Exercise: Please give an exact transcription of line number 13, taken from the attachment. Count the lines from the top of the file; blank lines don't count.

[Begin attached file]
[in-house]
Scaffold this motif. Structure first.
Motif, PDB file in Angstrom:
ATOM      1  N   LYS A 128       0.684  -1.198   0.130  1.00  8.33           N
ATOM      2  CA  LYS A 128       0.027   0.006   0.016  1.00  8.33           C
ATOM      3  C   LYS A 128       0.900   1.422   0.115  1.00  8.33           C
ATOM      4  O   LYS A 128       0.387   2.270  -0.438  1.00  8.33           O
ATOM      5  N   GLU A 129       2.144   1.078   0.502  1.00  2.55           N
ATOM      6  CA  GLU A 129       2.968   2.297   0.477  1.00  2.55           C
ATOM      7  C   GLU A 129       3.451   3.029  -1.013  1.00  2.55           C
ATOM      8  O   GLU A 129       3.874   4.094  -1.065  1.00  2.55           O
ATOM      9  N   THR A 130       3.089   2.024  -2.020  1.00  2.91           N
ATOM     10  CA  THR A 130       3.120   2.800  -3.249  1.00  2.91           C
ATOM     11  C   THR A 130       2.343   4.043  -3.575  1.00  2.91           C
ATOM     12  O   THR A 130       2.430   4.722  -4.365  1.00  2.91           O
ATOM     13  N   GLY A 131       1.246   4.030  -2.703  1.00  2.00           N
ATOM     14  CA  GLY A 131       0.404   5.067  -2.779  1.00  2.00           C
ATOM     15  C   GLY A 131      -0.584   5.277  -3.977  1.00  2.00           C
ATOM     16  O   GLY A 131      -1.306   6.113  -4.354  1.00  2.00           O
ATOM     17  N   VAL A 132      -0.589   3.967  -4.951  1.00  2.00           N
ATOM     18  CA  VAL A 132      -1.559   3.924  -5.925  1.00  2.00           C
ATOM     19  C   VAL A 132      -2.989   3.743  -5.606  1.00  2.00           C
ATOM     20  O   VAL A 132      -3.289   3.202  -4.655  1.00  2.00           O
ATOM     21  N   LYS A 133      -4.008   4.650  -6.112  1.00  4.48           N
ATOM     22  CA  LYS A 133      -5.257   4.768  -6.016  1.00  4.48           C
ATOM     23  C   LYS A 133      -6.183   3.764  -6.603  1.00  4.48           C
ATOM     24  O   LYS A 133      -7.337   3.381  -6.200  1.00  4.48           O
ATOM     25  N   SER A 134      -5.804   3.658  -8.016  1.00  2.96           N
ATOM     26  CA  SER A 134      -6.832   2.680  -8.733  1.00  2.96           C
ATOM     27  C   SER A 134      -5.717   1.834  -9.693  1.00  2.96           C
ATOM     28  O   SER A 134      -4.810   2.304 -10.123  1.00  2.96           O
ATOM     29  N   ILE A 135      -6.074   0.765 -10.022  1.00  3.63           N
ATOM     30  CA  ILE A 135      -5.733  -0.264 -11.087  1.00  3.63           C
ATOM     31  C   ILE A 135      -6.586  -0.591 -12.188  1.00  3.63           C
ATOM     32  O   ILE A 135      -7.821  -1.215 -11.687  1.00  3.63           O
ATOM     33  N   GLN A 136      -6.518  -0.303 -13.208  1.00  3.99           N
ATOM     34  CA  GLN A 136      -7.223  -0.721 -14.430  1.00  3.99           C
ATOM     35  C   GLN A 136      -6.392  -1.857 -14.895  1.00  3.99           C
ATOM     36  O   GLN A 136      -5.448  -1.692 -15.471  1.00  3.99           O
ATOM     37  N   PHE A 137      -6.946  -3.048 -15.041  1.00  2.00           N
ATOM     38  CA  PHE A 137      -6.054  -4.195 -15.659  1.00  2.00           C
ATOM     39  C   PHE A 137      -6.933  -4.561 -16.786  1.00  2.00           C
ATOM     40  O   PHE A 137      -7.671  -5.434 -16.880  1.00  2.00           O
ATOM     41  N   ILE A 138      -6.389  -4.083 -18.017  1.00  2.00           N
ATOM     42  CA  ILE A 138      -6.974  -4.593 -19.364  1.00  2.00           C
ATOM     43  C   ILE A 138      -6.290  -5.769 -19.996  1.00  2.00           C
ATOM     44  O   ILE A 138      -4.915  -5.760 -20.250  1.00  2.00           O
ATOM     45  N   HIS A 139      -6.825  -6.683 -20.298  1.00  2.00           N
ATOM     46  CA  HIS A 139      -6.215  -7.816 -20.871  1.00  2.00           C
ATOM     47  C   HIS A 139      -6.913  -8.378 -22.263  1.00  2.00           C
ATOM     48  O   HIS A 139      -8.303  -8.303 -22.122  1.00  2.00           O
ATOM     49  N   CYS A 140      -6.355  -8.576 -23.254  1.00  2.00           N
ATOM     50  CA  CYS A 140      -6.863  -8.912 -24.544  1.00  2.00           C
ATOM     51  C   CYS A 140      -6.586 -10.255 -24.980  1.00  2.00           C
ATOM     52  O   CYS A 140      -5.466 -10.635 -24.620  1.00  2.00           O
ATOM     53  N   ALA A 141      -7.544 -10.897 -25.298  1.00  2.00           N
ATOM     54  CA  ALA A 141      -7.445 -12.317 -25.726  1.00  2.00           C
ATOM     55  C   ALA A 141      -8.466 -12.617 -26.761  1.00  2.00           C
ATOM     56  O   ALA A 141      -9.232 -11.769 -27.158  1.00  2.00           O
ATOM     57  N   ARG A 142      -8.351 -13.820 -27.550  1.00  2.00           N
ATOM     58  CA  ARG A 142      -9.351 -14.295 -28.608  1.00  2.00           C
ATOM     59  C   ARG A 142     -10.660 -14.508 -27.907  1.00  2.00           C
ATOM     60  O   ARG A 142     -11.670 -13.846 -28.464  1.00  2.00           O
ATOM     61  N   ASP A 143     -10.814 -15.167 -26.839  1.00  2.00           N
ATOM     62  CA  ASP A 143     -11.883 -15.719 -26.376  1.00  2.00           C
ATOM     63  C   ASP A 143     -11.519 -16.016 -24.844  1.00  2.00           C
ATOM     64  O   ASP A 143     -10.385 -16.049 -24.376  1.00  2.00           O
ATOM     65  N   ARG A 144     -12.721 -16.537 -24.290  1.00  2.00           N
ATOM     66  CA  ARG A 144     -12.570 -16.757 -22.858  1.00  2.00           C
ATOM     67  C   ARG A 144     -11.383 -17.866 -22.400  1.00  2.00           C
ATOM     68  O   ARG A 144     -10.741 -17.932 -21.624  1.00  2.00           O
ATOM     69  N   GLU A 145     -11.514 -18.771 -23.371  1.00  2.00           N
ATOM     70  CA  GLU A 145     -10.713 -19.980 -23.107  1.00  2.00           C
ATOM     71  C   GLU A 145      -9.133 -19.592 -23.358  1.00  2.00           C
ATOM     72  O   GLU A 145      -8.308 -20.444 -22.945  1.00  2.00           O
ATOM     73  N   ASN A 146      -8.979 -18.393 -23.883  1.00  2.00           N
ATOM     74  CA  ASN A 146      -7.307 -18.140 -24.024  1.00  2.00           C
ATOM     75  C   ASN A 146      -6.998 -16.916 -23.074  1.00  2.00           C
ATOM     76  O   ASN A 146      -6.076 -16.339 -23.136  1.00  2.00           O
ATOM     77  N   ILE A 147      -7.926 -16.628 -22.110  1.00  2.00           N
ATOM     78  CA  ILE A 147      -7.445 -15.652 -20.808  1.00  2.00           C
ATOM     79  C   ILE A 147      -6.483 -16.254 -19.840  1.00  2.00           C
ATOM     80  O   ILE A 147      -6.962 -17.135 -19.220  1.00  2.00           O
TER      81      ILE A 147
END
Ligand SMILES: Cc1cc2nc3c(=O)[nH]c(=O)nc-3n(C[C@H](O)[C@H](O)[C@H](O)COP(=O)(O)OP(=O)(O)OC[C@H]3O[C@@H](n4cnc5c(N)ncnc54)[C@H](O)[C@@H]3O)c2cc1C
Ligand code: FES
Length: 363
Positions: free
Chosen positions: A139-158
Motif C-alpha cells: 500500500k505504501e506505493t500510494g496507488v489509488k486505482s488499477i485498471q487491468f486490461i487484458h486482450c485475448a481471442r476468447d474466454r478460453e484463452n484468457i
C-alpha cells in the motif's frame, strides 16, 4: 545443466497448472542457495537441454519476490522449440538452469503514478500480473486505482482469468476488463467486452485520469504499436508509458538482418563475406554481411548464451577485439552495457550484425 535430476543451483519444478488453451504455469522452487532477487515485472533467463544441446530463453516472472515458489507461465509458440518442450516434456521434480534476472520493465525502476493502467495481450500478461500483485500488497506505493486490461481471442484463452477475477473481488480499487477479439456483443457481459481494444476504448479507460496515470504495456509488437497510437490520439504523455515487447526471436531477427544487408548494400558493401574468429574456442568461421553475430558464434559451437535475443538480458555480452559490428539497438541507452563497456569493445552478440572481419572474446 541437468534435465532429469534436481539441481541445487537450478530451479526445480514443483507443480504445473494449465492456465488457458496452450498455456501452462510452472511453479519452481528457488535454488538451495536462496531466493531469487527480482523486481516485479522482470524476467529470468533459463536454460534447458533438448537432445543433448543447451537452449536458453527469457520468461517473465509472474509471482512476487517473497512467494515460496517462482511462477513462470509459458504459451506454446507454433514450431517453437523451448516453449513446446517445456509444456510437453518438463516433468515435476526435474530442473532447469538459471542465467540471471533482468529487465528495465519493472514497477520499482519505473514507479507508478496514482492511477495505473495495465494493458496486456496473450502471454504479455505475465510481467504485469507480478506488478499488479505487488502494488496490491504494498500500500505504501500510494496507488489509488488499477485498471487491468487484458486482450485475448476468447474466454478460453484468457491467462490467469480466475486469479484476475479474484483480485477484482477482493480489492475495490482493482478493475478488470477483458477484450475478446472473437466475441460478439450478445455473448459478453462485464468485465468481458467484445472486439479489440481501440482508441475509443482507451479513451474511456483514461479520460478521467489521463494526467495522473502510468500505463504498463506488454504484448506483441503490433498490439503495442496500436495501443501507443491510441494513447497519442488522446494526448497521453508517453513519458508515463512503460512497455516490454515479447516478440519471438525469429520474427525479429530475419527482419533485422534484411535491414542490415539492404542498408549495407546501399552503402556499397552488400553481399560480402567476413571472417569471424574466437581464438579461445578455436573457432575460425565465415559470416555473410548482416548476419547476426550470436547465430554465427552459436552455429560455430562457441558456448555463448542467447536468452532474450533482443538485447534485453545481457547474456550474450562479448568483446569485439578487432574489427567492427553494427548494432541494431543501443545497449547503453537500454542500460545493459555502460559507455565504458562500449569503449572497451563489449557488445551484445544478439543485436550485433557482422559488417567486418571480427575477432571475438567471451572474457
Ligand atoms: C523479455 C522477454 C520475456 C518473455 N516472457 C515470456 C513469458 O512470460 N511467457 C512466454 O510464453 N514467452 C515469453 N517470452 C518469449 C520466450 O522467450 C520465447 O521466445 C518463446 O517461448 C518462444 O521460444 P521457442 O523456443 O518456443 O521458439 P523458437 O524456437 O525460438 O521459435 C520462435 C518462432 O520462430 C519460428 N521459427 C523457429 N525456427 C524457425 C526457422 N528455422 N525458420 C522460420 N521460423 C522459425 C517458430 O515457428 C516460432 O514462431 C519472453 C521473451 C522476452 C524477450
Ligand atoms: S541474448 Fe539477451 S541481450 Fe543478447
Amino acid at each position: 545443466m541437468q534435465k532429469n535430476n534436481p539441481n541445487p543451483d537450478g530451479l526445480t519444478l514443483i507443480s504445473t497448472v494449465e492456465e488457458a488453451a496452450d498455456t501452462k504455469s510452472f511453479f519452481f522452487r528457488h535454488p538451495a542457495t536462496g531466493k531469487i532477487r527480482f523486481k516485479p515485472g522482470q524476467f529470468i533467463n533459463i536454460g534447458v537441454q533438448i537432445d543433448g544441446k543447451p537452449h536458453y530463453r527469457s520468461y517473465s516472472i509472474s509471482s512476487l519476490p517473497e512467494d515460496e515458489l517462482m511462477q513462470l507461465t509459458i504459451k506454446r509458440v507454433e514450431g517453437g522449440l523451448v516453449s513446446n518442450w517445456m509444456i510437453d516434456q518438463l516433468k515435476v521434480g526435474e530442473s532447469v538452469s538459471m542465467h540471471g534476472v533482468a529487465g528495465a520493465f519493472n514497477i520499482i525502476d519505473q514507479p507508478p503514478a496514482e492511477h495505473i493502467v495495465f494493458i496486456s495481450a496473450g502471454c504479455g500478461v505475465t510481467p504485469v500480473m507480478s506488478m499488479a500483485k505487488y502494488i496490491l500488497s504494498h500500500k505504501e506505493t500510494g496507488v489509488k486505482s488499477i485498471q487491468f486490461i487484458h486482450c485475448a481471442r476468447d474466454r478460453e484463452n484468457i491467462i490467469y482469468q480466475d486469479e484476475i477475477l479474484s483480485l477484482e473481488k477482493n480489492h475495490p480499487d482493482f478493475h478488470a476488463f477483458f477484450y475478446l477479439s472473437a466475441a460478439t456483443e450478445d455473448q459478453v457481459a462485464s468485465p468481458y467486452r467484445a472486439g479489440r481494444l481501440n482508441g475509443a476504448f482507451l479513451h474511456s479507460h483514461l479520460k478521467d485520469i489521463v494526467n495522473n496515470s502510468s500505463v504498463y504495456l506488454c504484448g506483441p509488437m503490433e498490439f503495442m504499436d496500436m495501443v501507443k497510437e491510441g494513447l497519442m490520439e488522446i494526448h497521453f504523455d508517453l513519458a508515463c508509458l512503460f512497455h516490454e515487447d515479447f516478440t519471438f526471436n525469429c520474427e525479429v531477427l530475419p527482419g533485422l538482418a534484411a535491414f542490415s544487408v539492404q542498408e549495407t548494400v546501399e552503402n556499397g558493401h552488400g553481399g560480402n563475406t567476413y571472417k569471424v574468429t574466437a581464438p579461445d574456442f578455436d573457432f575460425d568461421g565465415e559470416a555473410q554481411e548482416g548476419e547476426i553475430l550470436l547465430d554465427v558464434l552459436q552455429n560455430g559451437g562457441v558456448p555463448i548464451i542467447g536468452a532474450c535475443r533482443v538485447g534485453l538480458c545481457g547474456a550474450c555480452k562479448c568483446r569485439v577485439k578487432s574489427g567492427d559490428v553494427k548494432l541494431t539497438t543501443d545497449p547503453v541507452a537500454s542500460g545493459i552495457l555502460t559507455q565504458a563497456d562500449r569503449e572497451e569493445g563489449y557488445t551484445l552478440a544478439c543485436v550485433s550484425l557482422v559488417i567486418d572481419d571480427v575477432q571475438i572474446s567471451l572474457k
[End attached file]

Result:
ATOM     10  CA  THR A 130       3.120   2.800  -3.249  1.00  2.91           C